Farr v. Private Advisory Group, LLC, No. 2:2016cv01565 - Document 30 (W.D. Wash. 2017)

Court Description: ORDER granting in part and denying in part dfts' 19 Motion to Dismiss; until further order, the court stays this matter and removes it from the court's active caseload; status report due within 90 days by Judge Richard A Jones.(RS)
Download PDF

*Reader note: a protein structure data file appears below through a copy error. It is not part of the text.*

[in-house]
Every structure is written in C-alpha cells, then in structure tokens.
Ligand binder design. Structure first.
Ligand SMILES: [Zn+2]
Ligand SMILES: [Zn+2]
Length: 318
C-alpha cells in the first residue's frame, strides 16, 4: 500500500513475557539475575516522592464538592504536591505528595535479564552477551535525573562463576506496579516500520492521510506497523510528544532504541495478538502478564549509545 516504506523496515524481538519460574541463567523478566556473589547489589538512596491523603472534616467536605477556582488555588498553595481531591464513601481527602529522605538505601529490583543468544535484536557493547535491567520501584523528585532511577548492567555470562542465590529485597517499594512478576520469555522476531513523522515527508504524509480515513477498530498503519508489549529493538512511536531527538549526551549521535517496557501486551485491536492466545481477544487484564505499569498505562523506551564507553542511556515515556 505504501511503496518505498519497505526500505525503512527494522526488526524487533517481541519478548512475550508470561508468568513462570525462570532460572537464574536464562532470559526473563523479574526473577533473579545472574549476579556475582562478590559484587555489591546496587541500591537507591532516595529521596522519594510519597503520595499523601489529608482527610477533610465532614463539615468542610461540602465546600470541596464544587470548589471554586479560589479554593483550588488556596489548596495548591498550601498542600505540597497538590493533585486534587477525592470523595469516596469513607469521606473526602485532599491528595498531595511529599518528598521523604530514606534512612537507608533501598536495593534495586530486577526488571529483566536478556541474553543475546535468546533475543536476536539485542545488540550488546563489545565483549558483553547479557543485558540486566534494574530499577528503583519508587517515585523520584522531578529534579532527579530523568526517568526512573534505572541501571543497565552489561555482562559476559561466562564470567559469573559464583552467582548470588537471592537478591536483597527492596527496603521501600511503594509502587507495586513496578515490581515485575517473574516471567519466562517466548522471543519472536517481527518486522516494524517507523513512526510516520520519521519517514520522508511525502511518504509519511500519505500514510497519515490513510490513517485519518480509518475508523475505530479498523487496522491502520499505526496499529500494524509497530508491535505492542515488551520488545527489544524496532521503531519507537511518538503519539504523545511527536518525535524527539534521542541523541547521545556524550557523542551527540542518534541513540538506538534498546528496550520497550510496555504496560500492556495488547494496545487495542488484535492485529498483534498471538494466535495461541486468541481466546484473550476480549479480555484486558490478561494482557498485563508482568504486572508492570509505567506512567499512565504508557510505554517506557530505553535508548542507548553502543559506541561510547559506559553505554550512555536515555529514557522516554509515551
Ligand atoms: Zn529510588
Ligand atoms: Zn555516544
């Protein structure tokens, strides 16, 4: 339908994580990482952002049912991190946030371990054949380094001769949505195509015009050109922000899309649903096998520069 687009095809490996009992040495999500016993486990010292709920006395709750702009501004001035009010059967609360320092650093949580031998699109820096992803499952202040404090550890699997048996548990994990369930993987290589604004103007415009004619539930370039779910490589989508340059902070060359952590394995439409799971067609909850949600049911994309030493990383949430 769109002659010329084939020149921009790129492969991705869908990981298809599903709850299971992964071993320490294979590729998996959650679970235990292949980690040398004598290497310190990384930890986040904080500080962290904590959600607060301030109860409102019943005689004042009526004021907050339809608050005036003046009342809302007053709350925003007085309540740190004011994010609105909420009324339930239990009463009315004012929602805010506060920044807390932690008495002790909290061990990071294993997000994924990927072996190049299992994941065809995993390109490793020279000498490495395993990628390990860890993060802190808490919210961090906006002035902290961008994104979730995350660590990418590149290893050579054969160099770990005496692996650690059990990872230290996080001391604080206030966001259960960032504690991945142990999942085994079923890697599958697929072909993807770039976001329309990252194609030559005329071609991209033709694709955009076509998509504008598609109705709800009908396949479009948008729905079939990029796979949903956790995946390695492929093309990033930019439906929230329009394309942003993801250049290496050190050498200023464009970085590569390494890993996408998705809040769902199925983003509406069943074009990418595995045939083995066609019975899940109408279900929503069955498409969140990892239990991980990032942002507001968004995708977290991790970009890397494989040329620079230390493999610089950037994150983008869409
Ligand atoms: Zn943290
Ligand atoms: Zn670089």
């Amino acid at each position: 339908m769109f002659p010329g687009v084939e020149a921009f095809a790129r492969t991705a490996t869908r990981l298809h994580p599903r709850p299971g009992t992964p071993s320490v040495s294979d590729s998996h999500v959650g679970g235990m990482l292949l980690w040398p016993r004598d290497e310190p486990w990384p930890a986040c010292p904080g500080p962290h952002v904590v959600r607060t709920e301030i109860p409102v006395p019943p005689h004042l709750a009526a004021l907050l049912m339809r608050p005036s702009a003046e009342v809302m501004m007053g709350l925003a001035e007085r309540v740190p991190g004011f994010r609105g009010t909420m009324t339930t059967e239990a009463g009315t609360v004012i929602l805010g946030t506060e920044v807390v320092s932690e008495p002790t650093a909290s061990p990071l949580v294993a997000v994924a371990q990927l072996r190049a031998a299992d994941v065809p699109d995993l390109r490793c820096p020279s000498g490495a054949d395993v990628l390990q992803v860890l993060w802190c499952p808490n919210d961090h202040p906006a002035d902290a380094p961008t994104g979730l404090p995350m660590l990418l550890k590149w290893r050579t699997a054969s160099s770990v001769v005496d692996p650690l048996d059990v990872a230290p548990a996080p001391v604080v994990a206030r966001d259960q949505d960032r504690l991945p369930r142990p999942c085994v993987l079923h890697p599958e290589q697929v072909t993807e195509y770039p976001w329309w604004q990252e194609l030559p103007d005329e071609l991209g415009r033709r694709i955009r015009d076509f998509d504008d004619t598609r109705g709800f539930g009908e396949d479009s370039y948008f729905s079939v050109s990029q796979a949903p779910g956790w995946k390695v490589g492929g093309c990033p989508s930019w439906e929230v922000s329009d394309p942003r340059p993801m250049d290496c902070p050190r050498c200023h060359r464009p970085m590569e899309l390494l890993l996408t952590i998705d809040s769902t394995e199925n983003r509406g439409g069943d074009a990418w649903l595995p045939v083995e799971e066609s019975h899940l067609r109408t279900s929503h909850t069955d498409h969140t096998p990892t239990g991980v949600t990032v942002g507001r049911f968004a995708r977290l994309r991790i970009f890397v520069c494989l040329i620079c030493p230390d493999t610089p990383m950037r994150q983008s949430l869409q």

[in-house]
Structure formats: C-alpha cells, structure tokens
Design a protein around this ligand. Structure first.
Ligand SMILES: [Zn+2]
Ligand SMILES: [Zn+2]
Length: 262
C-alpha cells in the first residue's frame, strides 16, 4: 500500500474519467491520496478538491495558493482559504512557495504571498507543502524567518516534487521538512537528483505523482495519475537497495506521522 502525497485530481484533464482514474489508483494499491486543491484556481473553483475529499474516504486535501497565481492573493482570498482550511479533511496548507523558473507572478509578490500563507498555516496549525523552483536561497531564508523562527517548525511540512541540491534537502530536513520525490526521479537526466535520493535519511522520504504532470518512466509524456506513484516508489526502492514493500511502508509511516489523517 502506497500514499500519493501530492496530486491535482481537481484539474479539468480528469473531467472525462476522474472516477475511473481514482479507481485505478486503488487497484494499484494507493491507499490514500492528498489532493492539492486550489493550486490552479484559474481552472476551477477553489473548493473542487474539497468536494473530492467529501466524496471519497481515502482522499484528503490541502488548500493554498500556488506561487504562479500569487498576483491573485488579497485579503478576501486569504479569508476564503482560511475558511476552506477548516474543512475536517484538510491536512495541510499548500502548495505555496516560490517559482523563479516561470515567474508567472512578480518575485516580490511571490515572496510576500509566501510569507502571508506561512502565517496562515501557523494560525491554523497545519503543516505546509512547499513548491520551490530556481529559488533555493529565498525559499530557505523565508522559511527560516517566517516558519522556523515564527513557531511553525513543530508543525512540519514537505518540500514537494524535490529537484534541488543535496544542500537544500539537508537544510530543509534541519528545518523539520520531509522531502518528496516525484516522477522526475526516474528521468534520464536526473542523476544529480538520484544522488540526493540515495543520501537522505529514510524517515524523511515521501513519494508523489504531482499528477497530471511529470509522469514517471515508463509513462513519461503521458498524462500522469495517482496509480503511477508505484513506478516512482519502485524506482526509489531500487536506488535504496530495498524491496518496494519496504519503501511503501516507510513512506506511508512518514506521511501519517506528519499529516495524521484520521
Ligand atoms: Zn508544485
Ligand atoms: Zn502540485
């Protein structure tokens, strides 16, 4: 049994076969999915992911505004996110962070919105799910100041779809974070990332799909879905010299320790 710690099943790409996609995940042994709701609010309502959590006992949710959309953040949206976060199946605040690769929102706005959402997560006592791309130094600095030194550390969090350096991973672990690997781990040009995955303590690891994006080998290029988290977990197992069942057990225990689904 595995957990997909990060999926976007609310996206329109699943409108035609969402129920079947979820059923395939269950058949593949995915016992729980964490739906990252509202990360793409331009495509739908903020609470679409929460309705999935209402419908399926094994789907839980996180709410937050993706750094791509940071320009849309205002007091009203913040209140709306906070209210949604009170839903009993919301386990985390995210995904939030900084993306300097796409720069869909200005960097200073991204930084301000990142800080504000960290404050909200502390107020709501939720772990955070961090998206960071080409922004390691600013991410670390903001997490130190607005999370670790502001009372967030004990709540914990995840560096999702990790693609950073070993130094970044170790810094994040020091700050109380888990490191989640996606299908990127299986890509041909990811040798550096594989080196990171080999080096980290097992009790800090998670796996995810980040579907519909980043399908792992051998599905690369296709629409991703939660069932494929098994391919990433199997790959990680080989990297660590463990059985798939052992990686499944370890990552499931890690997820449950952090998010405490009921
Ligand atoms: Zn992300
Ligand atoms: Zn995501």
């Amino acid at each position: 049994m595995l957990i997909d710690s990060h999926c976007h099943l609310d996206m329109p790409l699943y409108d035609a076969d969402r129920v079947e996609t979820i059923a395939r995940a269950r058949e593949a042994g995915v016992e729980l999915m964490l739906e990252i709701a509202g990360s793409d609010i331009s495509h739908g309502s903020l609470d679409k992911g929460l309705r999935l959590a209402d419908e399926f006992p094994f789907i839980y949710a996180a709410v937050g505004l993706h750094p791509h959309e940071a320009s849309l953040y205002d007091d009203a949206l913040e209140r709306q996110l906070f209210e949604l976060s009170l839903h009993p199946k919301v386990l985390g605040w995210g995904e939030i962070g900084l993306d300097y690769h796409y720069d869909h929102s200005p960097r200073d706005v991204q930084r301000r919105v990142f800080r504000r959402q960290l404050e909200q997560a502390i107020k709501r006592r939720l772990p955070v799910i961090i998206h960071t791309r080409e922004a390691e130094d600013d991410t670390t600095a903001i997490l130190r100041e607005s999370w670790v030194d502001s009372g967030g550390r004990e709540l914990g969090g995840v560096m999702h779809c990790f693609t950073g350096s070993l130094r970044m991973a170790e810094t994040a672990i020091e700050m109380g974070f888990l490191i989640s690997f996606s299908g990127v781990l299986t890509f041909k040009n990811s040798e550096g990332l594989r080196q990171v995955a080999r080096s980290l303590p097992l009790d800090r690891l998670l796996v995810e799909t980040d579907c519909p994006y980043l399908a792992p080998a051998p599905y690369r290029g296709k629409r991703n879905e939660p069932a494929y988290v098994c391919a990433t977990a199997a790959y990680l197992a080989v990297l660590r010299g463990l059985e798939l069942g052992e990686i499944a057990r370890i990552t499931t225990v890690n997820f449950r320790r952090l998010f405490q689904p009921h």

Farr v. Private Advisory Group, LLC Doc. 30 HONORABLE RICHARD A. JONES 1 2 3 4 5 6 UNITED STATES DISTRICT COURT WESTERN DISTRICT OF WASHINGTON AT SEATTLE 7 8 9 JAMES S. FARR, on behalf of himself and all others similarly situated, 10 11 12 13 Case No. 16-1565-RAJ Plaintiff, ORDER v. PRIVATE ADVISORY GROUP, LLC, et al., Defendants. 14 15 I. 16 17 18 19 20 This matter comes before the Court on Defendants Private Advisory Group, LLC (“PAG”), Douglas Reed Bean, S. Christopher Bean, and Jonathan David Bishop’s Motion to Dismiss. Dkt. # 19. For the reasons that follow, the Court GRANTS in part and DENIES in part Defendants’ motion. II. BACKGROUND 21 22 23 24 25 INTRODUCTION This is a securities class action. Plaintiff James S. Farr alleges that Defendants participated in and perpetrated a Ponzi scheme involving the sale of securities issued by Aequitas Holdings, LLC or its affiliated entities (“Aequitas”). Dkt. # 4 (“Am. Compl.”). Aequitas, which is not named as a defendant in the instant matter, was the central player in the alleged Ponzi scheme. Id. When the scheme collapsed, the Securities 26 Exchange Commission (“SEC”) filed an enforcement action against Aequitas in the U.S. 27 28 ORDER – 1 Dockets.Justia.com 1 2 3 4 5 6 7 8 9 10 District Court for the District of Oregon. SEC v. Aequitas Mgmt., LLC, No. 16-438-PK, Dkt. # 1. On April 14, 2016, the District of Oregon entered an order establishing a receivership over Aequitas’ assets. Id., Dkt. # 156. The receivership order imposes a broad “Stay of Litigation” (“Litigation Stay”). Id. at 10. Among other things, the Litigation Stay applies to: All civil legal proceedings of any nature, including, but not limited to, bankruptcy proceedings, arbitration proceedings, foreclosure actions, default proceedings, or other actions of any nature involving . . . (b) any Receivership Property, wherever located; (c) any of the Receivership Entity . . . (such proceedings are hereinafter referred to as “Ancillary Proceedings”). 11 Id. “Receivership Entity” is defined by reference to a list of entities that includes 12 Aequitas. Id. at 2, 18. “Receivership Property” is defined to include “monies, funds, 13 securities, credits, effects, goods, chattels, lands, premises, leases, claims, rights and other 14 assets, together with all rents, profits, dividends, interest or other income attributable 15 thereto, of whatever kind, which the Receivership Entity own, possess, have a beneficial 16 interest in, or control directly or indirectly.” Id. at 5. The Litigation Stay further 17 provides that “[a]ll Ancillary Proceedings are stayed in their entirety, and all Courts 18 having any jurisdiction thereof are enjoined from taking or permitting any action until 19 further Order of this Court.” Id. at 10. 20 On October 6, 2016, several months following the entry of the Litigation Stay, 21 Farr filed this lawsuit. As alleged in his complaint, Aequitas owns Defendant PAG 22 through a subsidiary. Am. Compl. ¶ 16 (“Aequitas, though a subsidiary, owns an interest 23 in PAG.”); ¶ 4 (“PAG is a registered investment advisor in which Aequitas owns a 24 controlling interest.”); ¶ 26 (“Aequitas had a conflict of interest because it owns a 25 controlling interest in PAG.”); id. (“Aequitas owned a controlling interest in PAG.”). 26 Based on the Litigation Stay, Defendants filed the instant motion requesting that 27 the Court dismiss Farr’s action under Federal Rule of Civil Procedure 41(b) because he 28 ORDER – 2 1 2 3 filed it in violation of the Litigation Stay. Dkt. # 19. In the alternative, Farr requests that the Court stay the action until the District of Oregon lifts the Litigation Stay. Id. Farr opposes the motion. Dkt. # 27. III. DISCUSSION 4 A. 5 Scope of Litigation Stay Defendants contend that PAG is “Receivership Property” subject to the District of 6 Oregon’s Litigation Stay. Farr contends that it is not because none of the defendants 7 named in this action are identified by name in the District of Oregon’s order. 8 The Court finds that the plain language of the Litigation Stay encompasses Farr’s 9 lawsuit. First, the Litigation Stay applies to all civil proceedings “involving . . . any 10 Receivership Property, wherever located” (Aequitas Mgmt., LLC, No. 16-438-PK, Dkt. # 11 156 at 10). Second, the term “Receivership Property” is broadly defined to include 12 property interests such as a controlling stake in a company (see id. at 5). Third, Farr 13 himself alleges that PAG is owned by Aequitas (Am. Compl. ¶¶ 4, 16, 26). Because 14 PAG qualifies as “Receivership Property,” this lawsuit falls squarely within the Litigation 15 16 17 18 19 20 21 22 23 24 25 26 27 28 Stay. Having found that this action is among the civil proceedings sought to be enjoined by the District of Oregon, the remaining issue is whether either of the remedies proposed by Defendants is appropriate: (1) involuntary dismissal under Rule 41(b); or (2) a stay of this action pending the duration of the Litigation Stay. B. Involuntary Dismissal Under Rule 41(b) Defendants contend that Farr’s action should be involuntarily dismissed under Rule 41(b) because Farr filed this action in violation of the Litigation Stay and, by doing so, violated a court order. Upon motion by a defendant, Federal Rule of Civil Procedure 41(b) permits the Court to dismiss a case where a plaintiff has failed to “comply with . . . a court order.” Fed. R. Civ. P. 41(b). “Dismissal, however, is so harsh a penalty it should be imposed as a sanction only in extreme circumstances.” Dahl v. City of Huntington Beach, 84 F.3d ORDER – 3 1 2 3 4 5 6 7 8 9 363, 366 (9th Cir. 1996) (quoting Thompson v. Hous. Auth. of City of Los Angeles, 782 F.2d 829, 831 (9th Cir. 1986)). Putting aside the question of whether filing this action constitutes a failure to comply with a court order with the meaning of Rule 41, 1 Farr’s decision to file this lawsuit is not an “extreme circumstance” sufficient to invoke the harsh penalty of involuntary dismissal. Dahl, 84 F.3d at 366. Farr filed this lawsuit to obtain relief from alleged securities fraud perpetrated by Defendants. Even if he did so in violation of the Litigation Stay, dismissal would not be a proportionate sanction. C. Request for Stay As an alternative to dismissal, Defendants contend that Farr’s action should be 10 stayed until the expiration of the Litigation Stay. 11 A district court has discretionary power to stay proceedings in its own court. 12 Landis v. N.A. Co., 299 U.S. 248, 254-255 (1936); see also Lockyer v. Mirant Corp., 398 13 F.3d 1098, 1109 (9th Cir. 2005). “A trial court may, with propriety, find it is efficient for 14 its own docket and the fairest course for the parties to enter a stay of an action before it, 15 16 17 18 19 20 21 22 23 24 pending resolution of independent proceedings which bear upon the case.” Leyva v. Certified Grocers of Cal., Ltd., 593 F.2d 857, 863 (9th Cir. 1979). “A stay should not be granted unless it appears likely the other proceedings will be concluded within a reasonable time in relation to the urgency of the claims presented to the court.” Id. at 864. When considering a motion to stay, the district court weighs three factors: (1) the possible damage which may result from the granting of a stay, (2) the hardship or inequity which a party may suffer in being required to go forward, and (3) the orderly course of justice measured in terms of the simplifying or complicating of issues, proof, and questions of law which could be expected to result from a stay. CMAX, Inc. v. Hall, 300 F.2d 265, 268 (9th Cir. 1962). 25 1 26 27 28 The Litigation Stay was issued by the District of Oregon, not the Western District of Washington. Defendants do not cite—and the Court is unaware of—authority standing for the proposition that failure to comply with the order of a separate court can trigger the penalty of dismissal under Rule 41. ORDER – 4 1 2 3 4 5 6 7 8 9 10 11 12 13 14 15 16 17 18 19 20 21 22 23 Applying these factors, the Court finds that a stay is appropriate. The orderly course of justice weighs heavily in favor of staying Farr’s lawsuit. The District of Oregon appointed a receiver and established a receivership for the purpose of managing and preserving property implicated in the SEC action. To further that purpose, the court imposed a broad Litigation Stay. Given that PAG is among the property sought to be preserved by the receivership, permitting this lawsuit to proceed would compromise the effectiveness of the court’s order. As for projected end date for the SEC action, the Court is well aware that the task of resolving a complex securities matter is time consuming. In this context, however, the Court has no reason to presume that this amount of time will become unreasonable in relation to the urgency of Farr’s claims. A stay, of course, may impact Farr financially by preventing him from recovering the damages to which he claims entitlement from Defendants. With PAG’s property subject to the control of the receiver, there is a risk that its assets will diminish to the point that Farr will not obtain the relief he seeks. This risk, however, cannot justify permitting Farr to subvert the District of Oregon’s Litigation Stay, which was imposed for the purpose of preserving all assets implicated in the SEC’s enforcement action. Moreover, if after the issuance of this Order Farr continues to contend that the PAG assets are not (or should not be) frozen in the receivership, he may request to intervene in the District of Oregon matter and request clarification and/or modification of the Litigation Stay. Because the orderly course of justice outweighs any risk of financial harm to Farr and there is no reason to speculate that an unreasonable amount of time will pass before the SEC action concludes, the Court grants Defendants’ alternative request for a stay. IV. CONCLUSION 24 25 26 27 28 For the reasons stated above, the Court GRANTS in part and DENIES in part Defendants’ Motion to Dismiss. Dkt. # 19. Until further order, the Court hereby STAYS this matter and removes it from the Court’s active caseload. Within ninety (90) days ORDER – 5 1 2 3 4 from the date of this Order, the parties shall file a status report that updates the court on any relevant developments in SEC v. Aequitas Mgmt., LLC, No. 16-438-PK. Should there be any significant developments prior to the expiration of ninety (90) days, the parties are permitted to file a motion to lift the stay on that basis. 5 6 DATED this 24th day of February, 2017. 7 A 8 9 The Honorable Richard A. Jones United States District Judge 10 11 12 13 14 15 16 17 18 19 20 21 22 23 24 25 26 27 28 ORDER – 6